Interested parties who do not have access to the Internet for registration will be considered for future rollouts
by SHAHEERA AZNAM SHAH / pic by RAZAK GHAZALI
THE AstraZeneca voluntary vaccination programme offered by the government is expected to be extended to other states including Sarawak should the state government revise their decision to opt out of the programme.
The programme has received an overwhelming demand in Kuala Lumpur and Selangor after all 268,000 slots were taken up in just three hours on Sunday.
Science, Technology and Innovation Minister Khairy Jamaluddin Abu Bakar (picture) said the Covid-19 Vaccine Supply Access (Covax) Guarantee Special Committee will also take into account the registration process in future rollouts as the programme currently requires Internet access to make appointments.
“We are looking to roll out more AstraZeneca vaccines through the voluntary programme under the National Covid-19 Immunisation Programme as more supplies are coming in from the Covax facility and AstraZeneca plc itself.
“For future rollouts, we will consider interested parties who do not have access to the Internet for registration. We will get community clinics to assist with the process.
“For Sarawak, it was the state government’s decision to be excluded from the programme, but if they want to revise their decision, we are willing to accommodate the additional volume,” he told the press yesterday.
The Sarawak government had refused to distribute the University of Oxford-AstraZeneca vaccines at its special vaccine dispensing centres despite the opt-in option offered by the federal government.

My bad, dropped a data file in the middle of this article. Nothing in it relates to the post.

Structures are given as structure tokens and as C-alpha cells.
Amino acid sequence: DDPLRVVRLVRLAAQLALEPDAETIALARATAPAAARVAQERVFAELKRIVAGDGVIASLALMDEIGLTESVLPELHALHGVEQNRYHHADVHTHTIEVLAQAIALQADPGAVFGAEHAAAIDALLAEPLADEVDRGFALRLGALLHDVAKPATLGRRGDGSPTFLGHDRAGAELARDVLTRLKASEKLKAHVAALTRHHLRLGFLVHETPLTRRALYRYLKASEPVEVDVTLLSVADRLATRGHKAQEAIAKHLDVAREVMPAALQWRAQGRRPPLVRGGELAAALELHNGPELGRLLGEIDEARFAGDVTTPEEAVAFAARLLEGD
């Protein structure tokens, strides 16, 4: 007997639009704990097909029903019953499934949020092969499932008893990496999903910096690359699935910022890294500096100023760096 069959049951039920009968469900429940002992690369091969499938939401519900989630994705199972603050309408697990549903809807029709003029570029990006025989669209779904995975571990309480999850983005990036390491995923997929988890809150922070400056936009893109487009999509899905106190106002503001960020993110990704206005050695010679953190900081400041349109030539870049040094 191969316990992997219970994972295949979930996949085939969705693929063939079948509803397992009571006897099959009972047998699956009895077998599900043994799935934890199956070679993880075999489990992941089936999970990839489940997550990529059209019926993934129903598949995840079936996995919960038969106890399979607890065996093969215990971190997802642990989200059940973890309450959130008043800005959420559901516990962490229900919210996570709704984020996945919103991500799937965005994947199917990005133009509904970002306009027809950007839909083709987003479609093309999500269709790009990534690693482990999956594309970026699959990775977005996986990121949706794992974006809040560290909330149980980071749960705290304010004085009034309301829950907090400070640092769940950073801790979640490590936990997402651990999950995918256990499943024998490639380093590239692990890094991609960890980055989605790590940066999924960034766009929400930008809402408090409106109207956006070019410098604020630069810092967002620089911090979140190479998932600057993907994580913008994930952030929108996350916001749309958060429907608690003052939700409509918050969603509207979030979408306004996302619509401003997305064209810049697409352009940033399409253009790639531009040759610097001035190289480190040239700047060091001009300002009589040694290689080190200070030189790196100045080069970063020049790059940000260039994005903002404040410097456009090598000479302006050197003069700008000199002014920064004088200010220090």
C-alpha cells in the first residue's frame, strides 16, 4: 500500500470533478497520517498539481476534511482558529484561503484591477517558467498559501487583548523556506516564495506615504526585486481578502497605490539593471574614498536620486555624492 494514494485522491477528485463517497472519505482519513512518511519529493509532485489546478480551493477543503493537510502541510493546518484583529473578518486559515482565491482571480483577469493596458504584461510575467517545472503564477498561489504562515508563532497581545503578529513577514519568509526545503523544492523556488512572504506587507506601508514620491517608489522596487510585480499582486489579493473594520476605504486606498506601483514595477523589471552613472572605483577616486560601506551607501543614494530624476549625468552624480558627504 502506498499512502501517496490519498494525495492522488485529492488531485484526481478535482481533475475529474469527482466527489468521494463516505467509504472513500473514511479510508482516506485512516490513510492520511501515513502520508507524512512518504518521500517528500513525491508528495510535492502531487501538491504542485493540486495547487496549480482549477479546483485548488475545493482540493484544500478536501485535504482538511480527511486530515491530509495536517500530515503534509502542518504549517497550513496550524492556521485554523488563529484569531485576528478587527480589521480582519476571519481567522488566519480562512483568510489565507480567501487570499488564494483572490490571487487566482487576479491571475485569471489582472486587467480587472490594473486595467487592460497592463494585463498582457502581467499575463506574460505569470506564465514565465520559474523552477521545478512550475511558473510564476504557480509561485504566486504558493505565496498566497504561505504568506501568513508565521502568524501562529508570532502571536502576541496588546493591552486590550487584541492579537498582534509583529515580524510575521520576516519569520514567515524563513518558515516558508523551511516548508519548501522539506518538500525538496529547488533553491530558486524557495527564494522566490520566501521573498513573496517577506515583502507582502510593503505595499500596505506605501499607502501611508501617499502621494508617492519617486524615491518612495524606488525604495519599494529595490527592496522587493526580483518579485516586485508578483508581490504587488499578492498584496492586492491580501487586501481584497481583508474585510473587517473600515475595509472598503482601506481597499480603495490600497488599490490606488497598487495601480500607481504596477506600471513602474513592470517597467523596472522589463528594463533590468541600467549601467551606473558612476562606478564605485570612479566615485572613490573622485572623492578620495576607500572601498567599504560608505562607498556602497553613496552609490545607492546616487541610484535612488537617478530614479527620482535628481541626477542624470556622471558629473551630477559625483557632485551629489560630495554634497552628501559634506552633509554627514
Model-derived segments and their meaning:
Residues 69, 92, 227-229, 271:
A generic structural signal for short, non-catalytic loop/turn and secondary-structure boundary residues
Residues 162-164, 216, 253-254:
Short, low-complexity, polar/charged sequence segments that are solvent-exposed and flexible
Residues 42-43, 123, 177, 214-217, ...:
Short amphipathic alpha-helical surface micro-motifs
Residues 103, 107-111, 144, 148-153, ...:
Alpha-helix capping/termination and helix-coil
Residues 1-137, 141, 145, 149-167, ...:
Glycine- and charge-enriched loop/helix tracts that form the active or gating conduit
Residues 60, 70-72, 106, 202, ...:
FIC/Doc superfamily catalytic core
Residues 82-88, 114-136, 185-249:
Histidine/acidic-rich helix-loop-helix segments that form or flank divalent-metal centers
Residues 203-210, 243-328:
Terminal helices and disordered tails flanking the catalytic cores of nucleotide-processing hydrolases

Sarawak Local Council and Housing Minister Datuk Seri Sim Kui Hian said in his Facebook posting that Sarawak residents who want to get inoculated with the vaccine have to obtain it from other states.
Sarawak People’s Aspiration Party is also against the offer and has called upon the federal government to “stop using Sarawak as a dumping ground for rejected vaccines and second-hand goods”.
Khairy revealed yesterday that about 80% of the 8,000 Malaysians who cancelled their registrations via MySejahtera apps had registered again since the government introduced the voluntary option for the AstraZeneca programme.
“We will do a deep dive on MySejahtera to ensure that we can communicate better in the future. While we do our best to communicate, we also do not want to disrupt the immunisation programme.
“We want to ensure that the existing immunisation programme that utilises Pfizer-BioNTech and Sinovac vaccine to proceed smoothly.
“In addition to the cancellation, we noticed people were not showing up to their appointments and that is a concern to us. That was the reason why we carved out AstraZeneca,” he said.
Khairy said Malaysia is expecting 1.1 million more doses of AstraZeneca vaccines to arrive this month from the Covax facility, 610,00 doses to arrive from the company in June, 410,000 doses in July and 1.2 million doses in August and September.